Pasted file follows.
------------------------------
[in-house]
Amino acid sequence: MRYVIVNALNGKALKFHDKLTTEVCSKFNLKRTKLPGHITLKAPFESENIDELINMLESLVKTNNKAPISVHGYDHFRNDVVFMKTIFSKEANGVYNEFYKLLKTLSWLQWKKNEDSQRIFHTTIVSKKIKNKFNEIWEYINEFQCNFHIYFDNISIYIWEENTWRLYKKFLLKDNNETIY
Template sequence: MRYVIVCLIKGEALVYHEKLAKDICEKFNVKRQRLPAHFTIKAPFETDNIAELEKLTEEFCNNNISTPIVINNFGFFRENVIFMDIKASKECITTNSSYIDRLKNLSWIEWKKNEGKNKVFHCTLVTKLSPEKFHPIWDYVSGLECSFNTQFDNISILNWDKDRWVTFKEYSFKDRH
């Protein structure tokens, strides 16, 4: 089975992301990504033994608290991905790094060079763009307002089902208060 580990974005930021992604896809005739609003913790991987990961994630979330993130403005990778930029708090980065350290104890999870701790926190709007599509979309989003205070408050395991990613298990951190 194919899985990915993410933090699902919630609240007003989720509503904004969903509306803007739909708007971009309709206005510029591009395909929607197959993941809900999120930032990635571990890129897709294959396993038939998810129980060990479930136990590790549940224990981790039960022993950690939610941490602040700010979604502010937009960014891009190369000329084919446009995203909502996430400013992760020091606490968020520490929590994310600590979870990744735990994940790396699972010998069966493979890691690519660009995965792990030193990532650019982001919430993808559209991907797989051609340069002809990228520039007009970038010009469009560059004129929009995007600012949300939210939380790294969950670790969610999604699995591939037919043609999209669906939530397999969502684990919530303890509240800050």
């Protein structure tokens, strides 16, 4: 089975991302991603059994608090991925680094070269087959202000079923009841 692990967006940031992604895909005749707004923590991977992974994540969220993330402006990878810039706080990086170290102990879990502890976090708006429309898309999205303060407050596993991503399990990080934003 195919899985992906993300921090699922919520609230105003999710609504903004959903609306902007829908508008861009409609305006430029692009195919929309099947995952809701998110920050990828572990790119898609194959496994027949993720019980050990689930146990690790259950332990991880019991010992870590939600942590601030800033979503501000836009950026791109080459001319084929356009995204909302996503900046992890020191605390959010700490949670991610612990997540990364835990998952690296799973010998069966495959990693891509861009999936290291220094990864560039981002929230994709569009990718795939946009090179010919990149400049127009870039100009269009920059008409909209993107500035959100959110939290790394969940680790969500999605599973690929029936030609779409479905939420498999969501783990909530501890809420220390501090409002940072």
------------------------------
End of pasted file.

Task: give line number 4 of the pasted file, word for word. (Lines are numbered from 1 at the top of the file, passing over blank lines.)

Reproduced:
């Protein structure tokens, strides 16, 4: 089975992301990504033994608290991905790094060079763009307002089902208060 580990974005930021992604896809005739609003913790991987990961994630979330993130403005990778930029708090980065350290104890999870701790926190709007599509979309989003205070408050395991990613298990951190 194919899985990915993410933090699902919630609240007003989720509503904004969903509306803007739909708007971009309709206005510029591009395909929607197959993941809900999120930032990635571990890129897709294959396993038939998810129980060990479930136990590790549940224990981790039960022993950690939610941490602040700010979604502010937009960014891009190369000329084919446009995203909502996430400013992760020091606490968020520490929590994310600590979870990744735990994940790396699972010998069966493979890691690519660009995965792990030193990532650019982001919430993808559209991907797989051609340069002809990228520039007009970038010009469009560059004129929009995007600012949300939210939380790294969950670790969610999604699995591939037919043609999209669906939530397999969502684990919530303890509240800050």